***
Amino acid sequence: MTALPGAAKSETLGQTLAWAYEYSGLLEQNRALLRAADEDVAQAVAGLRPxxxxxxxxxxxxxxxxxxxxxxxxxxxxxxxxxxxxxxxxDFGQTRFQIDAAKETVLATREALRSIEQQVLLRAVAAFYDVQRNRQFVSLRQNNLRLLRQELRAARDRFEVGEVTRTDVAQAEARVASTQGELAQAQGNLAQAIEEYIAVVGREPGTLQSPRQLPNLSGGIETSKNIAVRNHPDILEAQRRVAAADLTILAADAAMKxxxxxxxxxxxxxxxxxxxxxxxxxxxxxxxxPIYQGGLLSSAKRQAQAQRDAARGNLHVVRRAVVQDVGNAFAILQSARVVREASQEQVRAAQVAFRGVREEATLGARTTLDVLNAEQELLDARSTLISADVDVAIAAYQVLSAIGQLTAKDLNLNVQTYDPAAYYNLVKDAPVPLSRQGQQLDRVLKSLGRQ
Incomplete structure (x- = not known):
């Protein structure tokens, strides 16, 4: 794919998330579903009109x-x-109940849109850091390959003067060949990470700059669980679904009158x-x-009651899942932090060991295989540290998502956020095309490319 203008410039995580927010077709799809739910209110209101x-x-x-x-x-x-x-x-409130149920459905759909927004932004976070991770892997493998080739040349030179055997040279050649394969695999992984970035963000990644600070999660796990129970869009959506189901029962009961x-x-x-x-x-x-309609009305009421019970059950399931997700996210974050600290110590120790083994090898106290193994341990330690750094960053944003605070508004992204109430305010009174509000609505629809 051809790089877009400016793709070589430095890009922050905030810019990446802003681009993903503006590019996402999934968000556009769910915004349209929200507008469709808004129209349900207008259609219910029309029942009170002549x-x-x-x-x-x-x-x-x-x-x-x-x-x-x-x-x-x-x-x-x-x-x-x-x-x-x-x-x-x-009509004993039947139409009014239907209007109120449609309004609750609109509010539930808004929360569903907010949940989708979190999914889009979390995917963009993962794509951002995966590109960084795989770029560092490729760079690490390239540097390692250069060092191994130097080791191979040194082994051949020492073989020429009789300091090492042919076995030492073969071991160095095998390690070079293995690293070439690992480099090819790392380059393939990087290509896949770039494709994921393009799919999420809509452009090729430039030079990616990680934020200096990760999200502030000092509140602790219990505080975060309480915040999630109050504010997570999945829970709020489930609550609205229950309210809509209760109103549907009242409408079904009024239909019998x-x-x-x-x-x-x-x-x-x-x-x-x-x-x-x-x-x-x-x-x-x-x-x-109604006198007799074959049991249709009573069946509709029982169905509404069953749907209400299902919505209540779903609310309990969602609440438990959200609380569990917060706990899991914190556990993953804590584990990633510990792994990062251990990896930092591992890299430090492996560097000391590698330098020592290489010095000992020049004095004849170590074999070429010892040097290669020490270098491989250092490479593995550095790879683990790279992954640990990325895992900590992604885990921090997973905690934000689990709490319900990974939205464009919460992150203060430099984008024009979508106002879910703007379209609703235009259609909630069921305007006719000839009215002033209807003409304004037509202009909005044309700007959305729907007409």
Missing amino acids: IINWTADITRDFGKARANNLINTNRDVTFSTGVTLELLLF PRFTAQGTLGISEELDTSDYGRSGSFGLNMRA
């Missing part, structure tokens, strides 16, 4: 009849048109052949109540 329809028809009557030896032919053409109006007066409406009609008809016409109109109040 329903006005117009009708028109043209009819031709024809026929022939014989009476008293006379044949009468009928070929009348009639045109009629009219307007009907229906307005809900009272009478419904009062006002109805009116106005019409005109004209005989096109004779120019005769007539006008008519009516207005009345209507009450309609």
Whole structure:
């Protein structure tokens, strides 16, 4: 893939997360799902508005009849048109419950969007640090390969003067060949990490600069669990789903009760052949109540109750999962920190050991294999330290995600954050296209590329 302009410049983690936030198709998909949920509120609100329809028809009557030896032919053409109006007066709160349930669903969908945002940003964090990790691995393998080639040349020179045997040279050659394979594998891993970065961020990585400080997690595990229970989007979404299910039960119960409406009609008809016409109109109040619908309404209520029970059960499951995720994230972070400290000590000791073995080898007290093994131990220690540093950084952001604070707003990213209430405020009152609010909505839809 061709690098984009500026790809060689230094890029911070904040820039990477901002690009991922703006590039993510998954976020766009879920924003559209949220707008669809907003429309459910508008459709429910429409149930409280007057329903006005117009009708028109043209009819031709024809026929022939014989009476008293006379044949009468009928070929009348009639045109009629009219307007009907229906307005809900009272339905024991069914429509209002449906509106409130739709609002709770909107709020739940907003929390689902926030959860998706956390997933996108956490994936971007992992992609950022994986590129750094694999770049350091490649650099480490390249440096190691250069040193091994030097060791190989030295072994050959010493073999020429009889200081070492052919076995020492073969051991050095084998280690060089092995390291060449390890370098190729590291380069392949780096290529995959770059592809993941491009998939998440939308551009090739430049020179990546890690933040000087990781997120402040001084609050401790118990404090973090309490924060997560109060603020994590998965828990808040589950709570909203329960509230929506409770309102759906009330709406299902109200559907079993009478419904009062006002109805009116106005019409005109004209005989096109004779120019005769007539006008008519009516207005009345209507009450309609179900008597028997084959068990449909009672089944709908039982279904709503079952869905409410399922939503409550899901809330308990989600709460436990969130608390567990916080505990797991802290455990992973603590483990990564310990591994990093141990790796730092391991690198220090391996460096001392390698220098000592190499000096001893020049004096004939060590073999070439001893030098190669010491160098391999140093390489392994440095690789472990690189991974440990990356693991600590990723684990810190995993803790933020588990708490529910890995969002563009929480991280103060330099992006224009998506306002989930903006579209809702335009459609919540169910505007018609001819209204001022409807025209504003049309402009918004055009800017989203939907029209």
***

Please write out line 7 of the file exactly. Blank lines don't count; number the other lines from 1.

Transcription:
């Protein structure tokens, strides 16, 4: 893939997360799902508005009849048109419950969007640090390969003067060949990490600069669990789903009760052949109540109750999962920190050991294999330290995600954050296209590329 302009410049983690936030198709998909949920509120609100329809028809009557030896032919053409109006007066709160349930669903969908945002940003964090990790691995393998080639040349020179045997040279050659394979594998891993970065961020990585400080997690595990229970989007979404299910039960119960409406009609008809016409109109109040619908309404209520029970059960499951995720994230972070400290000590000791073995080898007290093994131990220690540093950084952001604070707003990213209430405020009152609010909505839809 061709690098984009500026790809060689230094890029911070904040820039990477901002690009991922703006590039993510998954976020766009879920924003559209949220707008669809907003429309459910508008459709429910429409149930409280007057329903006005117009009708028109043209009819031709024809026929022939014989009476008293006379044949009468009928070929009348009639045109009629009219307007009907229906307005809900009272339905024991069914429509209002449906509106409130739709609002709770909107709020739940907003929390689902926030959860998706956390997933996108956490994936971007992992992609950022994986590129750094694999770049350091490649650099480490390249440096190691250069040193091994030097060791190989030295072994050959010493073999020429009889200081070492052919076995020492073969051991050095084998280690060089092995390291060449390890370098190729590291380069392949780096290529995959770059592809993941491009998939998440939308551009090739430049020179990546890690933040000087990781997120402040001084609050401790118990404090973090309490924060997560109060603020994590998965828990808040589950709570909203329960509230929506409770309102759906009330709406299902109200559907079993009478419904009062006002109805009116106005019409005109004209005989096109004779120019005769007539006008008519009516207005009345209507009450309609179900008597028997084959068990449909009672089944709908039982279904709503079952869905409410399922939503409550899901809330308990989600709460436990969130608390567990916080505990797991802290455990992973603590483990990564310990591994990093141990790796730092391991690198220090391996460096001392390698220098000592190499000096001893020049004096004939060590073999070439001893030098190669010491160098391999140093390489392994440095690789472990690189991974440990990356693991600590990723684990810190995993803790933020588990708490529910890995969002563009929480991280103060330099992006224009998506306002989930903006579209809702335009459609919540169910505007018609001819209204001022409807025209504003049309402009918004055009800017989203939907029209």